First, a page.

Zero Tolerance

The Catholic Church could not ask for a better climate in which to hold its summit entitled “Protection of Minors in the Church” — Donald Trump playing footsie with the brutal North Korean dictator on one side of the world while his former lawyer all but confirmed that the president committed serious crimes while in office on the other.  It’s just the art of the   deal   distraction, allowing the dismal failure of the pope’s sexual abuse summit to go largely unreported.

Despite preaching “zero tolerance” and holding a show summit on sexual abuse by members of the clergy that was a dismal failure in which lay people, both women and men, experts in the law, psychology, and criminology were excluded, I ask you, what could be more wrong with this picture?

Vatican sex abuse summit 2019-02-21

Pope Francis chairs the four-day meeting on the global sexual abuse crisis involving cardinals, bishops, and priests
at the Vatican February 21, 2019, surrounded by — wait for it —
cardinals, bishops, and priests

190 bishops who are heads of bishops’ conferences from around the world as well as ten women religious who lead their orders of nuns and their counterparts from men’s orders gathered for the summit.  But to get a real sense of the current state of the crisis you had to look outside in the streets around the Pope Paul VI Hall where you would find sexual abuse victim-survivors and their supporters telling their stories and giving interviews.  This farce of a summit was, to quote theologian Dr. Mary Hunt, Ph.D.“held at the wrong time with the wrong people about the wrong issues.”  Had the summit been held when the twin crises that precipitated it, the Pennsylvania Grand Jury report which uncovered shocking numbers of victims and priest-perpetrators and reports that the former Cardinal-Archbishop of Washington DC, Theodore McCarrick, had been sexually abusing seminarians and priests with the full knowledge of the Vatican which continued to promote him, then the news which has come out since then would be off the table for last month’s summit and it would be harder to claim an orchestrated coverup.  As it is, since August of last year we have learned:

  1. a report on children fathered out of wedlock by priests is under review
  2. 3,700 sexual abuse cases are being pursued by 20 public prosecutors against priests and Church officials in Germany's 27 Catholic dioceses 
  3. McCarrick actually sexually abused one of his victims in the confessional (so much for the sanctity of the sacraments!  cf:  Crimen sollicitationis, a 1962 document, approved by Pope John XXIII, in effect until May 18, 2001, which imposed secrecy on priests, bishops, and victims involved in sexual acts; the punishment for speaking publicly of such matters:  excommunication)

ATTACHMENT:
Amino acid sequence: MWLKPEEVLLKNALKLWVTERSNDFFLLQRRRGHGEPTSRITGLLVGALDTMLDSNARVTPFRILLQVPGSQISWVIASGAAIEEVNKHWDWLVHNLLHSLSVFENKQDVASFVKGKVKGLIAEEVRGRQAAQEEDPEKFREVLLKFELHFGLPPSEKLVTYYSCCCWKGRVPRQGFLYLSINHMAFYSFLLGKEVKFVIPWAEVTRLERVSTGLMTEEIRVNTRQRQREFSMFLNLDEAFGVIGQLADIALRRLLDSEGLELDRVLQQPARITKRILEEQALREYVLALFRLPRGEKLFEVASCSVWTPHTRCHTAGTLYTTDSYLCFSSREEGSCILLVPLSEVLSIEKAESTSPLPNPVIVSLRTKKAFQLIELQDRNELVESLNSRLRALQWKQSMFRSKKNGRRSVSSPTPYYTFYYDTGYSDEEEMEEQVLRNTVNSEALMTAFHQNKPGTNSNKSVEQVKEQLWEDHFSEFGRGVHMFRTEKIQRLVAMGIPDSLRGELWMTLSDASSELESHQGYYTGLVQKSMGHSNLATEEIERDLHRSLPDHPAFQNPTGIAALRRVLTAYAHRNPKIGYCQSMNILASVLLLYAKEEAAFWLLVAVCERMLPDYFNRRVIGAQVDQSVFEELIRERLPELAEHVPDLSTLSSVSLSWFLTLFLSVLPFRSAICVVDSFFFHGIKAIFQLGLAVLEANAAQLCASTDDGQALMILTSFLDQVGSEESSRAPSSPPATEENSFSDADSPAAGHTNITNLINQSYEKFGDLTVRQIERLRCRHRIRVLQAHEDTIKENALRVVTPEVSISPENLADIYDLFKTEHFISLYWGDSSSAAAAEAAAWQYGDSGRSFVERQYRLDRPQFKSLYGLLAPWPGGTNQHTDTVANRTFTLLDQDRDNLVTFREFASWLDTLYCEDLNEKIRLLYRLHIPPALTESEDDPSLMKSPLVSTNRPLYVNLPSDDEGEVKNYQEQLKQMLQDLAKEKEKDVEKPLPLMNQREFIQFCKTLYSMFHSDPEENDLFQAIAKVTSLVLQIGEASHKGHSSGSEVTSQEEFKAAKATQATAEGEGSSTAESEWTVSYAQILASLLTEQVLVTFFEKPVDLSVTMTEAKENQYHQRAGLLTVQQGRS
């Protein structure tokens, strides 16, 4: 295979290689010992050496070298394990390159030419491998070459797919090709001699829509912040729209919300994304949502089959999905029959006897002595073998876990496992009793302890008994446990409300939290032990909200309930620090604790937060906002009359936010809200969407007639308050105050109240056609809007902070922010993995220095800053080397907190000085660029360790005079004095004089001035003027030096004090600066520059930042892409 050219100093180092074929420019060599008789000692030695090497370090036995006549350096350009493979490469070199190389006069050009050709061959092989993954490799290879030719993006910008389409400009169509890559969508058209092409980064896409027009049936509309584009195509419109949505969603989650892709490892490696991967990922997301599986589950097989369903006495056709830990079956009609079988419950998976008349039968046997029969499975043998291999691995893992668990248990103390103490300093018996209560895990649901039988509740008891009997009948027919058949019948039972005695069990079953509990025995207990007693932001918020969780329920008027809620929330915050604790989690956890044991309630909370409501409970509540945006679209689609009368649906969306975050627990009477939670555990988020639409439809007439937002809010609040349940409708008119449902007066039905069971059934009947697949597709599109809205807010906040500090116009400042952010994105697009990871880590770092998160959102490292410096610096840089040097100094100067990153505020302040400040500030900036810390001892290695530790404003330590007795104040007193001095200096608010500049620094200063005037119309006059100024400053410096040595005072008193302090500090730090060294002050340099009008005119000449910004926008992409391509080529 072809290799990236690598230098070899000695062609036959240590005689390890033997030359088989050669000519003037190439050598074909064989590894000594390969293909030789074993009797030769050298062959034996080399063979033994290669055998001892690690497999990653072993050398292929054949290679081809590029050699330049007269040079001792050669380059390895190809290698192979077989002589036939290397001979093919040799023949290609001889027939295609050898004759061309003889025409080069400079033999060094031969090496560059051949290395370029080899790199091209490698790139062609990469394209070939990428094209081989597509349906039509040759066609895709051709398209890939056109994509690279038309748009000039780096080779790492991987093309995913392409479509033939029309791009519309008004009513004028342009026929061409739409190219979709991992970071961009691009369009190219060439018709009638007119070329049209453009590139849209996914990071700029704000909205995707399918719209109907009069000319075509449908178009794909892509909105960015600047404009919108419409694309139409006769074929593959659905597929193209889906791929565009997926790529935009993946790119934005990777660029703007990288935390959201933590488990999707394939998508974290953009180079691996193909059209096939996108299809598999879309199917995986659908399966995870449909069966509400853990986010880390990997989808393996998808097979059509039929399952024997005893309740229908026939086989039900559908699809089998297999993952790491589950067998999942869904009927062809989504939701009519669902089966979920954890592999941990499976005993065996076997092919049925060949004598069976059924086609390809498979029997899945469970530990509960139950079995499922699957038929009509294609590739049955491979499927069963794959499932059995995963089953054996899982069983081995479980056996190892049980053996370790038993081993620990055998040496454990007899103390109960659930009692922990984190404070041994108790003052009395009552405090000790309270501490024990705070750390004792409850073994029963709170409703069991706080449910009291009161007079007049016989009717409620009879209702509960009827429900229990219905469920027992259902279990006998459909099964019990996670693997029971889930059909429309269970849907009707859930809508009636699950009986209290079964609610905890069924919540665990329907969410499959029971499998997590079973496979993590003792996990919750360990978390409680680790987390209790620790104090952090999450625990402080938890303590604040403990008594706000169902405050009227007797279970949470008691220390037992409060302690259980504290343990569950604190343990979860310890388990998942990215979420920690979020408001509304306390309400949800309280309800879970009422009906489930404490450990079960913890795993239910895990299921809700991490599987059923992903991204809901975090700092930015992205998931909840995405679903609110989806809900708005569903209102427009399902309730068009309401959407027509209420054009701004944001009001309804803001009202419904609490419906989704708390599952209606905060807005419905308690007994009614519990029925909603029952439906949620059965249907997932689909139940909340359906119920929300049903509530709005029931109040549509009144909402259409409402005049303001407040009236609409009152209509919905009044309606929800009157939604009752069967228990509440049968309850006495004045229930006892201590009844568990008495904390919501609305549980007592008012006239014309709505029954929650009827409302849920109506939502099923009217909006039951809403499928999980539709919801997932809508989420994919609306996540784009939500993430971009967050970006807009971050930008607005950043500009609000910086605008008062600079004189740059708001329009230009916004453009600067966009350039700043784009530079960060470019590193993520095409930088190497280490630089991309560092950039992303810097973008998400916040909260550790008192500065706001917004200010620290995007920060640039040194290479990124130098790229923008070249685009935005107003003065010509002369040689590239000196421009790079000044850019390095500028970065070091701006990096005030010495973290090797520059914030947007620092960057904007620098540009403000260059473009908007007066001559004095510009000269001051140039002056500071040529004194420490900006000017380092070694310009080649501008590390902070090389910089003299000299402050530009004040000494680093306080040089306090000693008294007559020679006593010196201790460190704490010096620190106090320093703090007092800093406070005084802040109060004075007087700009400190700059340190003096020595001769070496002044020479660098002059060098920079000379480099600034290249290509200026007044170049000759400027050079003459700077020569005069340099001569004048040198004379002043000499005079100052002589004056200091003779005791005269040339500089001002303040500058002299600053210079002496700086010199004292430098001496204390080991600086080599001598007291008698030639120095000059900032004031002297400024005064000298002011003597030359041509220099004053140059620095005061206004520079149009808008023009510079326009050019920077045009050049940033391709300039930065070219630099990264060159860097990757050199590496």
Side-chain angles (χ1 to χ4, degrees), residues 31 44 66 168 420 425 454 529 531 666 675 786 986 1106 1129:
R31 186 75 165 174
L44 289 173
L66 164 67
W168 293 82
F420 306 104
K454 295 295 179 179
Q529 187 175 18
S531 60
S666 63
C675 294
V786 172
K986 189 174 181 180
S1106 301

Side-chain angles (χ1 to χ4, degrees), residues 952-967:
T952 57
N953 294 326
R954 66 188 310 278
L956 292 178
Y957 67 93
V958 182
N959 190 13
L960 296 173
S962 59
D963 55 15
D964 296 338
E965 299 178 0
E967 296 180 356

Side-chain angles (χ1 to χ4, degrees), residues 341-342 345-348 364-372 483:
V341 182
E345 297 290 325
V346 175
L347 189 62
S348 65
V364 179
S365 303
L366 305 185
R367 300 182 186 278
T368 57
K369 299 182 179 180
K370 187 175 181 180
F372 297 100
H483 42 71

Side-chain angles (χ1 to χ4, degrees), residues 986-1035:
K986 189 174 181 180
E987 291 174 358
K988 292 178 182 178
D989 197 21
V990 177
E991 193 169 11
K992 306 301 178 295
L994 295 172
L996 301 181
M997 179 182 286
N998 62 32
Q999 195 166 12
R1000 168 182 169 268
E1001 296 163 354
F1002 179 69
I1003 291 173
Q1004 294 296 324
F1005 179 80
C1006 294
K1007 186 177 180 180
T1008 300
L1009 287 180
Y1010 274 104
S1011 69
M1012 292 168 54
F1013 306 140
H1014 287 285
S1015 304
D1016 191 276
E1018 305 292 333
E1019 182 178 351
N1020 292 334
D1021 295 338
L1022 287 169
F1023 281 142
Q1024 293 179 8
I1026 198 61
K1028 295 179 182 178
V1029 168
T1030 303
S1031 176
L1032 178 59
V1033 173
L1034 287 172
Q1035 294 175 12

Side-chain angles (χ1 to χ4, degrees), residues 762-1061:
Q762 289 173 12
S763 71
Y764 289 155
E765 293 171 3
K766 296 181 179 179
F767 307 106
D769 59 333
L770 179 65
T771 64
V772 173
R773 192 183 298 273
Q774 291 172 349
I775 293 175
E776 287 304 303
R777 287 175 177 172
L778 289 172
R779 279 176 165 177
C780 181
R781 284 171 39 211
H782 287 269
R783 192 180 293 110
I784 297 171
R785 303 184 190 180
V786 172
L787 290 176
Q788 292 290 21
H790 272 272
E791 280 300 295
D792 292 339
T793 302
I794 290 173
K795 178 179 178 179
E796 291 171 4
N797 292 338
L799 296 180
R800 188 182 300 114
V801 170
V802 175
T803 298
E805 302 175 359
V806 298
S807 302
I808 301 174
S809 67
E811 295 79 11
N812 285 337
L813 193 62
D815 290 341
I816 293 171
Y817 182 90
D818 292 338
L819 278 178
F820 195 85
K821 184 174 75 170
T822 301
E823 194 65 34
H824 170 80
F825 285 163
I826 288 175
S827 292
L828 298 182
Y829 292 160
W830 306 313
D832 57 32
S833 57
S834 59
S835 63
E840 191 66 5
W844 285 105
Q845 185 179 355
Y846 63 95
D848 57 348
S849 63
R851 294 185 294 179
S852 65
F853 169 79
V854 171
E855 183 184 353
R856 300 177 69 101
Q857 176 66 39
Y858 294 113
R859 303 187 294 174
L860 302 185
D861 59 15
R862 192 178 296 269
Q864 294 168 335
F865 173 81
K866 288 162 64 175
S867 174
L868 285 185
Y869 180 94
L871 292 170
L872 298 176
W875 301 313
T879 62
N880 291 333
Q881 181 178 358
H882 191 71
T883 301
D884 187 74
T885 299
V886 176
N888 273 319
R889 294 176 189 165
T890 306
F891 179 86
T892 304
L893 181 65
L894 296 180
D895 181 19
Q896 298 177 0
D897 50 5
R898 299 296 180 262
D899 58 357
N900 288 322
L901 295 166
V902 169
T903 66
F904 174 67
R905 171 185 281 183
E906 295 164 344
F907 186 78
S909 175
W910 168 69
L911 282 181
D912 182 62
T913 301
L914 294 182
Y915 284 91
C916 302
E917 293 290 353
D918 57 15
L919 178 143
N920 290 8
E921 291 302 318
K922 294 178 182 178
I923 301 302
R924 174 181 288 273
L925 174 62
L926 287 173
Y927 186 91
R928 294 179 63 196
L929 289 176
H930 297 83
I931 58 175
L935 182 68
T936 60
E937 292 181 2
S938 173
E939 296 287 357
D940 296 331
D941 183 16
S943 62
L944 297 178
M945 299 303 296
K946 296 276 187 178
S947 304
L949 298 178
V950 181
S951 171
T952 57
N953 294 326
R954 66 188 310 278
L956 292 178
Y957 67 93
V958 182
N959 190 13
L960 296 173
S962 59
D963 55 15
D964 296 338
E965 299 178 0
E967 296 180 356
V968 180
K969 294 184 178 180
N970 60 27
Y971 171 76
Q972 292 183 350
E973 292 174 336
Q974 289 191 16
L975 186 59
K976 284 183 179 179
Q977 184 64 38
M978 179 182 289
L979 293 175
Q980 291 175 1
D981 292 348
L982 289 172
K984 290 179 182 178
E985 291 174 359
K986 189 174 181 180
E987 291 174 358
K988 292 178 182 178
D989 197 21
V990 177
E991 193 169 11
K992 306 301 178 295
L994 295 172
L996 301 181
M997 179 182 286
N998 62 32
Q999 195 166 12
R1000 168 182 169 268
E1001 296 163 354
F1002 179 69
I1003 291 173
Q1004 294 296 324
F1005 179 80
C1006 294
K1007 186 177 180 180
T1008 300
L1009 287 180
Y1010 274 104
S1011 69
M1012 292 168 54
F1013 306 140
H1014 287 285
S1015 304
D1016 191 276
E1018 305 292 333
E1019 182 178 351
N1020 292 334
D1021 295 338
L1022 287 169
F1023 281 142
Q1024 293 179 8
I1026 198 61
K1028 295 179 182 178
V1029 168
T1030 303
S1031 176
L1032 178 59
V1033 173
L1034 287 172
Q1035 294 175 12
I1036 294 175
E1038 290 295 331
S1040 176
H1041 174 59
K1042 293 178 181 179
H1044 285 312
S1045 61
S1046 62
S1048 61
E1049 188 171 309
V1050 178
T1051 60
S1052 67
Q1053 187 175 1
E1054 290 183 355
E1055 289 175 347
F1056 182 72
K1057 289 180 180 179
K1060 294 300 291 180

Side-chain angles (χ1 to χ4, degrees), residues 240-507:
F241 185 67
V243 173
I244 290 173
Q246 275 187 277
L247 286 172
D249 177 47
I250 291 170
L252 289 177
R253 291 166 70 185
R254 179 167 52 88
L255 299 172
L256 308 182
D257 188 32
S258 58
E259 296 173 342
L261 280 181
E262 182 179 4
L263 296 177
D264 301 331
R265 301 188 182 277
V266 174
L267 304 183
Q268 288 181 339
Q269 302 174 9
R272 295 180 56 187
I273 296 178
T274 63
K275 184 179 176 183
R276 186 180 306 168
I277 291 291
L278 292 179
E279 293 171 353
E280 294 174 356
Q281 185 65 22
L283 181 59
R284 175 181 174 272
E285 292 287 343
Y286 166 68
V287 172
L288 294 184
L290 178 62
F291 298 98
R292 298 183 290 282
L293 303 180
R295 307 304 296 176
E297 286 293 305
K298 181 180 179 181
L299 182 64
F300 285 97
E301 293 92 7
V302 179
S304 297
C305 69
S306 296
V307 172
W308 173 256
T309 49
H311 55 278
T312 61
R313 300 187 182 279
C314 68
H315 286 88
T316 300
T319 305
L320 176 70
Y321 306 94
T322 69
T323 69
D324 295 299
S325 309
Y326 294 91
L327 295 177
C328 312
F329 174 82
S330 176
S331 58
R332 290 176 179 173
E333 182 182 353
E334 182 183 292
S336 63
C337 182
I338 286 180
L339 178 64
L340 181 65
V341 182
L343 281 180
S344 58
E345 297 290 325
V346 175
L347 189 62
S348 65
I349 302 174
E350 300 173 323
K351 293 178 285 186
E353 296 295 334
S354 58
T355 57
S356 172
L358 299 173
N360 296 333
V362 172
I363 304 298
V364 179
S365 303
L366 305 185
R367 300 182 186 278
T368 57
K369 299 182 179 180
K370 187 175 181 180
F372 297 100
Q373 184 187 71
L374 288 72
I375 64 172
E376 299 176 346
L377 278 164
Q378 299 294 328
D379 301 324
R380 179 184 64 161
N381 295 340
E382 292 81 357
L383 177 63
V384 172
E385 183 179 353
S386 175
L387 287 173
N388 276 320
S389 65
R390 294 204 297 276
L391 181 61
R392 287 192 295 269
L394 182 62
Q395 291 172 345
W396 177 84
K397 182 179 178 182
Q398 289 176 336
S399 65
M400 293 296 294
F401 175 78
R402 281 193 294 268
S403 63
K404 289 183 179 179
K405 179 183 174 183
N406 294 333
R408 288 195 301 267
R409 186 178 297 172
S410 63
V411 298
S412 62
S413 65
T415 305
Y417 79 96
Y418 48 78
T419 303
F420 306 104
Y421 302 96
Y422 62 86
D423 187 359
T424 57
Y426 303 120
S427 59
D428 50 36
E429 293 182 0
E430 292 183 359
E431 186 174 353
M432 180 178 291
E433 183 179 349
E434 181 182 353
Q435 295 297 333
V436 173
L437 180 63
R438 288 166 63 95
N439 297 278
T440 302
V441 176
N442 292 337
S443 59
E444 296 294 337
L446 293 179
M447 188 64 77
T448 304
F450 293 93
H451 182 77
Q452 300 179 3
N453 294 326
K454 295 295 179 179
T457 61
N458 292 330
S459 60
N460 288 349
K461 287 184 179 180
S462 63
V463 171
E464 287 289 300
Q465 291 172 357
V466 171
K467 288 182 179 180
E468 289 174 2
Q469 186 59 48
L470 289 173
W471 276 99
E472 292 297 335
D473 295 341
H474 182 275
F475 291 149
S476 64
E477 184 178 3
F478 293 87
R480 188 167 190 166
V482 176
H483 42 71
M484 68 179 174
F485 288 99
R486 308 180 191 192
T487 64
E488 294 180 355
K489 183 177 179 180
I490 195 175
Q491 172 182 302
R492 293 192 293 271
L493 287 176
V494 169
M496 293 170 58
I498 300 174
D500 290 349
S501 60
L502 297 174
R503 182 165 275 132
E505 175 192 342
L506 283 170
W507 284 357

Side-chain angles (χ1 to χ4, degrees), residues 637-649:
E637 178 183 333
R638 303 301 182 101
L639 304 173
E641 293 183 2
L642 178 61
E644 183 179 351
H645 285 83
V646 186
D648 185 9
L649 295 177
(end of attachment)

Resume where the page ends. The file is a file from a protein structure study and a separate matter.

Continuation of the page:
4. there is a worldwide problem of priests sexually abusing nuns under review by the Vatican
  5. the Apostolic Nuncio (pope’s ambassador) to France, Archbishop Luigi Ventura, is under investigation for molesting a government (of France) staffer
  6. a study of gay, sexually active priests and bishops in high positions at the Vatican appropriately entitled “In the Closet of the Vatican:  Power, Homosexuality, Hypocrisy” has been published, and is available on Amazon! (Follow the link)

Of course, none of this came up at the pope’s summit.  Instead, those gathered saw videos of survivors telling their stories, a trick that allowed the bishops and abbots and provincials and generals to remain once removed from the pain they caused and were supposed to be addressing.  Reports are that some of the attendees were shocked by the videos, leaving us to wonder where they have been for the last decade; nobody is credibly that out of touch.  Methinks the lady doth protest too much!

Pope Francis’ concluding remarks set a new low for this crisis, relying on obfuscation and inscrutable church-speak like “impeccable seriousness” and “genuine purification,” leaving the world to sigh a collective “wtf?”  He started off on the wrong foot by trying to generalize the problem to take the heat off this uniquely Catholic phenomenon by saying, “Our work has made us realize once again that the gravity of the scourge of the sexual abuse of minors is, and historically has been, a widespread phenomenon in all cultures and societies.”  He is right, but that fails to acknowledge that the raison d’être, the Church's reason for existing is the well-being of the world’s people and in particular its vulnerable.  And the Church has failed — dramatically and demonstrably.  The pope continued his utterly clueless and deeply offensive comments by talking about “the mystery of evil, which strikes most violently against the most vulnerable.”  There is no mystery here.  Catholic priests and bishops abused children and some covered it up.  Full stop.

Zero tolerance is not a new concept enshrouded in impenetrable layers of canon law or something around which consensus needs to be built.  It is actually quite simple:  an accused priest should be dealt with by criminal authorities and leave ministry where the possibility of continuing to abuse power remains during an investigation, an investigation with presumed innocence that he is entitled to.  Is that too much to ask in the face of mounting evidence of criminal behavior and cover-ups?  Apparently so.  And when those authorities complete their investigation, charge the cleric, and he is found guilty by a jury, zero tolerance demands a swift response from the Church.

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